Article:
19 May 2011

Radically Purposive Blogging

I have not been blogging much lately, and it really has not been for lack of time. After a dissertation-imposed hiatus, I'm ready to get back to it. But the only blogging that really holds my sustained attention is blogging my hobbies and interests, and I find a general personal blog like Lithium Press to be a very poor vehicle for that. Fweem's project blogs have inspired me to rethink all this.

And in fact, I have started two other blogs in the past, but never did anything with them. One was on music, but I posted once and abandoned it entirely for TLP. The other was on wristwatches, which I seriously blogged for a month and then forsook. I went through a bit of a horological obsession in 2008, and like most of my obsessions, it cooled and I moved on. I remind myself too much of John Laroche, of Susan Orlean's "Orchid Fever"/Kaufman's Adaptation:

    Laroche grew up in Miami. He says he was a weird kid. This is not hard to believe. When he wanted a pet, he bought a little turtle, then bought ten little turtles, then tried to breed them, then started selling turtles to other kids, then decided his life wasn't worth living unless he acquired one of every species of rare turtle, including a three-hundred-pound exotic tortoise from the Galapagos Islands. Suddenly, another passion seized him. He became immersed in late-Ice Age fossils. Then he dropped turtles and Ice Age fossils and became obsessed with lapidary, and then after a while he dropped lapidary and got into collecting and resilvering old mirrors. His passions boil up quickly and end abruptly, like tornadoes. Usually, the end is accompanied by a dramatic pronouncement. When he was in his teens, he went through a tropical-fish phase, and he had sixty fishtanks in his house. He even went skin-diving for the fish himself. Then the end came. He didn't merely lose interest in collecting fish: he renounced it, as if he had kicked a habit. He declared that he would stop collecting fish forever. He also declared that he would never set foot in the ocean again. That was fifteen years ago. He lives a few miles from the Atlantic, but he has not gone near it since.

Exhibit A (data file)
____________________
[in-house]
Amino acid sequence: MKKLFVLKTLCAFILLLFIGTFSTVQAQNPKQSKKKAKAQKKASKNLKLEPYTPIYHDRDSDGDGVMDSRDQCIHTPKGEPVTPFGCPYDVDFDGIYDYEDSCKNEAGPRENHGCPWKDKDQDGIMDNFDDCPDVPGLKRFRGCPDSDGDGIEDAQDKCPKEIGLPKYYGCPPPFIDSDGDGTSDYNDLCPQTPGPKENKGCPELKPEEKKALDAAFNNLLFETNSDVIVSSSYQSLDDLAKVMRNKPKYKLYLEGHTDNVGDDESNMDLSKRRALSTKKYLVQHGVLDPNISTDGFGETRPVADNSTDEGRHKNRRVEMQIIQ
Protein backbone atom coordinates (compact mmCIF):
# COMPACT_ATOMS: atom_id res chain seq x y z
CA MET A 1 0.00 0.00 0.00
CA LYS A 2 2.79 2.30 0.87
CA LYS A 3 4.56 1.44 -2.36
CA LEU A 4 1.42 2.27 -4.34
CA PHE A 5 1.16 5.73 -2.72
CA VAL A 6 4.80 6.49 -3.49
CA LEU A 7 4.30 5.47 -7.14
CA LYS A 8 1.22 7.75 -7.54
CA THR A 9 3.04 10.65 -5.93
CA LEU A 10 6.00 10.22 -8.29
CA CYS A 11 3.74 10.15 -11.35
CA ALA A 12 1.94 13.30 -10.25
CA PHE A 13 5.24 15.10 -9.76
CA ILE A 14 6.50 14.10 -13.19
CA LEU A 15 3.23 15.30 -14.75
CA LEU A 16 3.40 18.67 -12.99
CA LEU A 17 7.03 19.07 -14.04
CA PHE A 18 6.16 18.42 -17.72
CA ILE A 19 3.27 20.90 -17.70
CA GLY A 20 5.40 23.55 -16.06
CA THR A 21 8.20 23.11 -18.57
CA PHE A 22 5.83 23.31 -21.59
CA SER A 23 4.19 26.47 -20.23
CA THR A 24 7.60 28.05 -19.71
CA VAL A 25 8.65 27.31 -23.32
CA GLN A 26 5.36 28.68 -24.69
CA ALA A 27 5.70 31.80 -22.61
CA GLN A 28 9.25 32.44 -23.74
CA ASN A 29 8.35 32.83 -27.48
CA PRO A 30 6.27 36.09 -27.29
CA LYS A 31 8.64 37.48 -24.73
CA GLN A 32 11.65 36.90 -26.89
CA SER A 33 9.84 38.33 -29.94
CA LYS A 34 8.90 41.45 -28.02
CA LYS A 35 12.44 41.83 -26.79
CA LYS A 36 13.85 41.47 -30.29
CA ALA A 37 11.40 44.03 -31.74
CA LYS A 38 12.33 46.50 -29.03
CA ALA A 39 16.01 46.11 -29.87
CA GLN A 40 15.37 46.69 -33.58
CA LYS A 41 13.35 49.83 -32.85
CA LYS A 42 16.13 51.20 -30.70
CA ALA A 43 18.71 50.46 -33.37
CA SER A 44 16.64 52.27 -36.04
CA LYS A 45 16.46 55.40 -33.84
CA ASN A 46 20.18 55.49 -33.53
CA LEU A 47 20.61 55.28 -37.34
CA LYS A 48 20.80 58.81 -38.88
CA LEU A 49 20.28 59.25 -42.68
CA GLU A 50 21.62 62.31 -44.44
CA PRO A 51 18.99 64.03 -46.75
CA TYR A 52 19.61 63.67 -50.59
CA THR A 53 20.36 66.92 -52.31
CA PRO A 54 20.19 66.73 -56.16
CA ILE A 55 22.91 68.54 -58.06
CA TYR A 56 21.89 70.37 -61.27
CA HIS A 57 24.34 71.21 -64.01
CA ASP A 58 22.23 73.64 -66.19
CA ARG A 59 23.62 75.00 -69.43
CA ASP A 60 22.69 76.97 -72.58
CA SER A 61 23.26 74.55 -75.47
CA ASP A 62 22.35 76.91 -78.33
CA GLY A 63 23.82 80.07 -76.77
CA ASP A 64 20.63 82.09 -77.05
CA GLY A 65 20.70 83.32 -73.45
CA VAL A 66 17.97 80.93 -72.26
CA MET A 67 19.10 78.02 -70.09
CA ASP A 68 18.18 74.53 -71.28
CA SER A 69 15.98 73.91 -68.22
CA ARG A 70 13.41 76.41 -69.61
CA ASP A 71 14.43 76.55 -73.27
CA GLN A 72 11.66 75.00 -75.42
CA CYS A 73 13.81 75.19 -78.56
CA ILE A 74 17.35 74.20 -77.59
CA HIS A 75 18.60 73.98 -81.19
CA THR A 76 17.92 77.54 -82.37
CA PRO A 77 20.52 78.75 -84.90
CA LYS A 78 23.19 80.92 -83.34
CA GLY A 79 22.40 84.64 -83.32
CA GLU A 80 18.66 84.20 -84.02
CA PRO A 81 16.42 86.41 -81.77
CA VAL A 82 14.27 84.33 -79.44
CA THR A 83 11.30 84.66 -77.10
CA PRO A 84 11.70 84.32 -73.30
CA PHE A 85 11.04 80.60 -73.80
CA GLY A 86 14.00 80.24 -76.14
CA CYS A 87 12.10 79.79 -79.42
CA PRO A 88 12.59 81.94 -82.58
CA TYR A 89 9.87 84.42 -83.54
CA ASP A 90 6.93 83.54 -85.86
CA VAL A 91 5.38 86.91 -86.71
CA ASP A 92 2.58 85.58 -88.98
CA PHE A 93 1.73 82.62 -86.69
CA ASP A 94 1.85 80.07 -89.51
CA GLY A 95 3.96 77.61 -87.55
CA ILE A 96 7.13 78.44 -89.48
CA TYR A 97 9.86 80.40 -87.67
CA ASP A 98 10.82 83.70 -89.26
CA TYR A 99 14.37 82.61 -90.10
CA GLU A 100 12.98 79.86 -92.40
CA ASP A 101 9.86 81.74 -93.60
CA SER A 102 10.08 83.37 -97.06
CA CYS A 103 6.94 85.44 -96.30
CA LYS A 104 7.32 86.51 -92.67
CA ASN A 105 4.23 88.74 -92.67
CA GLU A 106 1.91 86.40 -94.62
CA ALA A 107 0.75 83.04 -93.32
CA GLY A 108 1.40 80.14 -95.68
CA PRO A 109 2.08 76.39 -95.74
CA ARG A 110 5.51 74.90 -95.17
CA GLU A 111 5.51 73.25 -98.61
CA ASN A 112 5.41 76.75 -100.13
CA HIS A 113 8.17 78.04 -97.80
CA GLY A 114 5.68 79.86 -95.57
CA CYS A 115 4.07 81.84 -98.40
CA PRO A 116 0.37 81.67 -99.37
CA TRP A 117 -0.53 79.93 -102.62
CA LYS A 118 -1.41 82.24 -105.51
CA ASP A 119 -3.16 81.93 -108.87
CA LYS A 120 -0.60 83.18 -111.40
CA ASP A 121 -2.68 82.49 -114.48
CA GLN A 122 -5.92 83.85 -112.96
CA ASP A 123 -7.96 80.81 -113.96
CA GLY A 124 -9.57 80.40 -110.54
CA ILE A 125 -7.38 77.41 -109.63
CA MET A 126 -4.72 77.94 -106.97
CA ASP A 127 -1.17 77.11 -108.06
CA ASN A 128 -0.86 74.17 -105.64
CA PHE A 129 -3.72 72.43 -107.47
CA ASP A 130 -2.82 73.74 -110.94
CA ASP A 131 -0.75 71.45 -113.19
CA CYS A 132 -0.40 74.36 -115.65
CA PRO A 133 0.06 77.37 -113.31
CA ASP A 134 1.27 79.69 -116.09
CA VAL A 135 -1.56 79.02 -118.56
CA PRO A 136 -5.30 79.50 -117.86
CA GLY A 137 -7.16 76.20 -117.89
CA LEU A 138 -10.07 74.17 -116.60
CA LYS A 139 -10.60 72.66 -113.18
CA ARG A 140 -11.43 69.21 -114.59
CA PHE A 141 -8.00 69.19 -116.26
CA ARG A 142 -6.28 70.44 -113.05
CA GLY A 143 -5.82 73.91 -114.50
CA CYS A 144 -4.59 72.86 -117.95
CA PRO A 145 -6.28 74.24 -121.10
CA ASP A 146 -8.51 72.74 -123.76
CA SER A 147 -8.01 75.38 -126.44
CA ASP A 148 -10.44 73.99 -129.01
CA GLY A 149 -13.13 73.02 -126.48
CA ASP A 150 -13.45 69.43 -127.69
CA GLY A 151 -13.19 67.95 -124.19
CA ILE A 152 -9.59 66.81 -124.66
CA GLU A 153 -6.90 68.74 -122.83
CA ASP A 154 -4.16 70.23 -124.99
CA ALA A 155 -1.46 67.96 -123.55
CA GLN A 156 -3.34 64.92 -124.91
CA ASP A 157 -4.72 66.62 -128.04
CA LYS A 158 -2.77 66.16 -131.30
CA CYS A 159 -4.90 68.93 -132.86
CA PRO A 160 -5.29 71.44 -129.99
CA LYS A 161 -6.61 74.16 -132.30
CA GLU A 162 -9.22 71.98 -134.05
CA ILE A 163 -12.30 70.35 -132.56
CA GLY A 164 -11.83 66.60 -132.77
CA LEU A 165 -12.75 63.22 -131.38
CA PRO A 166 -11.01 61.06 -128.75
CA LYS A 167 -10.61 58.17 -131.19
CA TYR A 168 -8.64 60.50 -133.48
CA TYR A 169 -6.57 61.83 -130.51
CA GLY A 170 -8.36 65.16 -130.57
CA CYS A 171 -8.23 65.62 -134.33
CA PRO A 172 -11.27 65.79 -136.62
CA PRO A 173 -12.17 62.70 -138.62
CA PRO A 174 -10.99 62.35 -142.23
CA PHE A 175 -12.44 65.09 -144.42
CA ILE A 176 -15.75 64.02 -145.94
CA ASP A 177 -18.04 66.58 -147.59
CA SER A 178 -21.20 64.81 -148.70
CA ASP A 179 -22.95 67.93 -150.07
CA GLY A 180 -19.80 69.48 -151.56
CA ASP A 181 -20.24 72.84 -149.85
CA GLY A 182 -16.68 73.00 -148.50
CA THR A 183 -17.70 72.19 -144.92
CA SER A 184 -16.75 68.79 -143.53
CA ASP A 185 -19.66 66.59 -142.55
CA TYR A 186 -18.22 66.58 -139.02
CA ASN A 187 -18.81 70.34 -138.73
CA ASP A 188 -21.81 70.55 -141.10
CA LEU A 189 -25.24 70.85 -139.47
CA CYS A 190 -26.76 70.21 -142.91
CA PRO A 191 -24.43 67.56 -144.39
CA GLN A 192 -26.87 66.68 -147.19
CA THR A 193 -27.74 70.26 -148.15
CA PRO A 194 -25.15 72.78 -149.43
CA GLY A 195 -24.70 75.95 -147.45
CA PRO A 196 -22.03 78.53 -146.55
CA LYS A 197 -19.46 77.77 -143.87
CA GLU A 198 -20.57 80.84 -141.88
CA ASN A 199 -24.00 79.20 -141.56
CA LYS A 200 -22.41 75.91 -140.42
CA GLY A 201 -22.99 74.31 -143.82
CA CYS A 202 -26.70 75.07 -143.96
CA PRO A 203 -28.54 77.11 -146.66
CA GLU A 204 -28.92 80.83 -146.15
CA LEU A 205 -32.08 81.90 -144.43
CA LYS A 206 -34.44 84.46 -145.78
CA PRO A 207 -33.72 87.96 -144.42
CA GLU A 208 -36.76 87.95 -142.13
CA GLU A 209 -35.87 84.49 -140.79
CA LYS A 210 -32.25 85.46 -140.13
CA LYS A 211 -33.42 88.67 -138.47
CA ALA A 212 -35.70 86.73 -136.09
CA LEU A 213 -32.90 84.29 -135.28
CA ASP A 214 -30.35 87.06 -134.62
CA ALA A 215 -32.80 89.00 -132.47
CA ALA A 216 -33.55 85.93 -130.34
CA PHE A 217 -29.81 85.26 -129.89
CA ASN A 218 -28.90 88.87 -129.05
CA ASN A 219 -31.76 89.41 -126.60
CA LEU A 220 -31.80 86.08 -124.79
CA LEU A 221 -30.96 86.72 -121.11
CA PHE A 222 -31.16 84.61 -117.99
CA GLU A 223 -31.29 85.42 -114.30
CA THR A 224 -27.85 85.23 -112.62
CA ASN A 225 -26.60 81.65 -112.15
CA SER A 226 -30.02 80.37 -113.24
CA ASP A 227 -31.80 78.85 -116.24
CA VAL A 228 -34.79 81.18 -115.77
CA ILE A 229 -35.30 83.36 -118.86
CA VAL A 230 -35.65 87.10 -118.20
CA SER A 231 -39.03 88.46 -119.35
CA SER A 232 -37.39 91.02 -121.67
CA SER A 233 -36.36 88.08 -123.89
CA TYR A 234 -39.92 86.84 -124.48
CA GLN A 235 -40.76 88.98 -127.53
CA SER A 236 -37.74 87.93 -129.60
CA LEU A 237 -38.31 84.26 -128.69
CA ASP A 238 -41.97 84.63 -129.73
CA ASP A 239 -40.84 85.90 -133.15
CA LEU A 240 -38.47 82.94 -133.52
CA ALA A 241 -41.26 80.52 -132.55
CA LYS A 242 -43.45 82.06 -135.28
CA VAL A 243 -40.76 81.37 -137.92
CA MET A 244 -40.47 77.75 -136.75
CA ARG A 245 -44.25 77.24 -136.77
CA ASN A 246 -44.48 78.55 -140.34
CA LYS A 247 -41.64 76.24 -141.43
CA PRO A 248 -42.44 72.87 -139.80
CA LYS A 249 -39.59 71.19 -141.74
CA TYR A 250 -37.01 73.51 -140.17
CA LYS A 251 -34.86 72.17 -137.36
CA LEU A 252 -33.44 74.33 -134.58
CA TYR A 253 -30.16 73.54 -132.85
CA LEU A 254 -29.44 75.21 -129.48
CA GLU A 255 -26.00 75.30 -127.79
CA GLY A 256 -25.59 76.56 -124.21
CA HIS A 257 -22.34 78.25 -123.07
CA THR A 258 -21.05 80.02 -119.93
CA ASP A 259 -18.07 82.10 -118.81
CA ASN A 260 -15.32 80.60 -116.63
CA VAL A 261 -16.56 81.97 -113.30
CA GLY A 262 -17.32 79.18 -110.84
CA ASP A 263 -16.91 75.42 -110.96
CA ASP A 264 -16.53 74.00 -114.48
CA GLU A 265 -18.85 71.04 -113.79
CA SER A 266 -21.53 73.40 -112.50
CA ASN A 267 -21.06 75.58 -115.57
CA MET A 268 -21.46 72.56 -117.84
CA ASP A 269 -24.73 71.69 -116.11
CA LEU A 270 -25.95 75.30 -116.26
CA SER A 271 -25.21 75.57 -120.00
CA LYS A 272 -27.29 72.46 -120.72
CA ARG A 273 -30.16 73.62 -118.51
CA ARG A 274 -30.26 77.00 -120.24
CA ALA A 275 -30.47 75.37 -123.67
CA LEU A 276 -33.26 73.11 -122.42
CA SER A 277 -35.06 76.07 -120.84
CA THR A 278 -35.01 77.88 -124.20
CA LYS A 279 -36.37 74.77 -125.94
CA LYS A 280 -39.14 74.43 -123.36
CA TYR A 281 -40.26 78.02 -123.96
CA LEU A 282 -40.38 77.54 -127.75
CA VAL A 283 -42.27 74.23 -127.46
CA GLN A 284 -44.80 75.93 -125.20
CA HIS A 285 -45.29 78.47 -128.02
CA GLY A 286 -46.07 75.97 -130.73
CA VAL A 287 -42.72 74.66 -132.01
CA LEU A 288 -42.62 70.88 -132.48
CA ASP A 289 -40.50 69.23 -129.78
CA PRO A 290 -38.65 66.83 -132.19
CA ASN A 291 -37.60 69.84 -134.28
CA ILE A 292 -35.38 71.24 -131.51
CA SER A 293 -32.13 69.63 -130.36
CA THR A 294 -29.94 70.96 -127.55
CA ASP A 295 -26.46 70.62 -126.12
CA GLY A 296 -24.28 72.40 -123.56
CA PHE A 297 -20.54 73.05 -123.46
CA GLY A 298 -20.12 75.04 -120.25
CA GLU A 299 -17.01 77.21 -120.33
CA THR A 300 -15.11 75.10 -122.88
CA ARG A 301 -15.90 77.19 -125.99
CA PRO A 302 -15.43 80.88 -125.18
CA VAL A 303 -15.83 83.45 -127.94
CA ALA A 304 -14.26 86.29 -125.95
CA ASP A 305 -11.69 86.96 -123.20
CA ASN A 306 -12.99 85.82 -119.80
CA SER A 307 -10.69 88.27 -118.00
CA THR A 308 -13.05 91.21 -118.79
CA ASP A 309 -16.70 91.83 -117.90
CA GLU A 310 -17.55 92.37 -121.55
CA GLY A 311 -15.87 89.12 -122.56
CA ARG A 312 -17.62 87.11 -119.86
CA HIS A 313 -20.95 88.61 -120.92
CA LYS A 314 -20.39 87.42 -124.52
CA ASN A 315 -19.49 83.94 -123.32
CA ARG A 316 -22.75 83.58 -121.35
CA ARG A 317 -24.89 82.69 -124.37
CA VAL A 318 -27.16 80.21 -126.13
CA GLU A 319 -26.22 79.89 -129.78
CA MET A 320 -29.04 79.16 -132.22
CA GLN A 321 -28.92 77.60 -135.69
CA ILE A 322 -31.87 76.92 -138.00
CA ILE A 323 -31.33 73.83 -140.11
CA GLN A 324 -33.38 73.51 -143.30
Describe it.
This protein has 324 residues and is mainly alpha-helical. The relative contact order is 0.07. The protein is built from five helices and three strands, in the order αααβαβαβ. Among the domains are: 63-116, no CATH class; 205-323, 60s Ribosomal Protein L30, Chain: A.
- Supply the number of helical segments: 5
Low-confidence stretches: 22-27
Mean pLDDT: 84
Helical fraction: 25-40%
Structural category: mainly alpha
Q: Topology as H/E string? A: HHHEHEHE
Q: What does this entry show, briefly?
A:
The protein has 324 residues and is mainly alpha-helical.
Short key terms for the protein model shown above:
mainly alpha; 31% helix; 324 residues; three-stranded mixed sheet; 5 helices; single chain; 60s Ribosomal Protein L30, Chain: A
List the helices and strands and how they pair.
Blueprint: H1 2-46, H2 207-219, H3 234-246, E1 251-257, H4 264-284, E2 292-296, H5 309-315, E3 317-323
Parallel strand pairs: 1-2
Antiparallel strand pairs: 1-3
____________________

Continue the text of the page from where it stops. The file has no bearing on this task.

This may drive the people around me a bit crazy, and it's not easy for me either. I'd be more than happy to find that One True Thing that captivates me endlessly and forever. But that's not how I'm wired. At least my interests are somewhat cyclic. I'll take that.

So, wristwatches. I'll save how I got started into horology for a post on Wrist Watcher. Definitely one of my more hot-and-cold interests. But just eight posts on that blog, in November of 2008, has drawn 482 page views. Most of those (almost 300) have come since February of this year. I have no explanation. I have half a mind to start blogging horology again, for a change of pace, and because finding some consistent readers might be nice for a change.

The fact is, I follow a number of good topical blogs that are mostly dormant, but when updated, are of really great quality and always interesting. Like Muse-ings, Ed's Corner, and even a commercial blog, Small House Style. I actually like that the post count for all three is low, but the quality is high. And the posts are always on the blog's designated topic. No filtering required.

I think Lithium Press needs to be either shuttered or repurposed, and one or more topical blogs need to grow in its place. Ed Brandwein of Ed's Corner has even just turned a big chunk of his blog into an ebook that I'm going buy. (Need it in pdf, Ed!) I want a piece of that action—a blog or two (or why not dozen?) that would make sense as a book. Radically purposive blogging.

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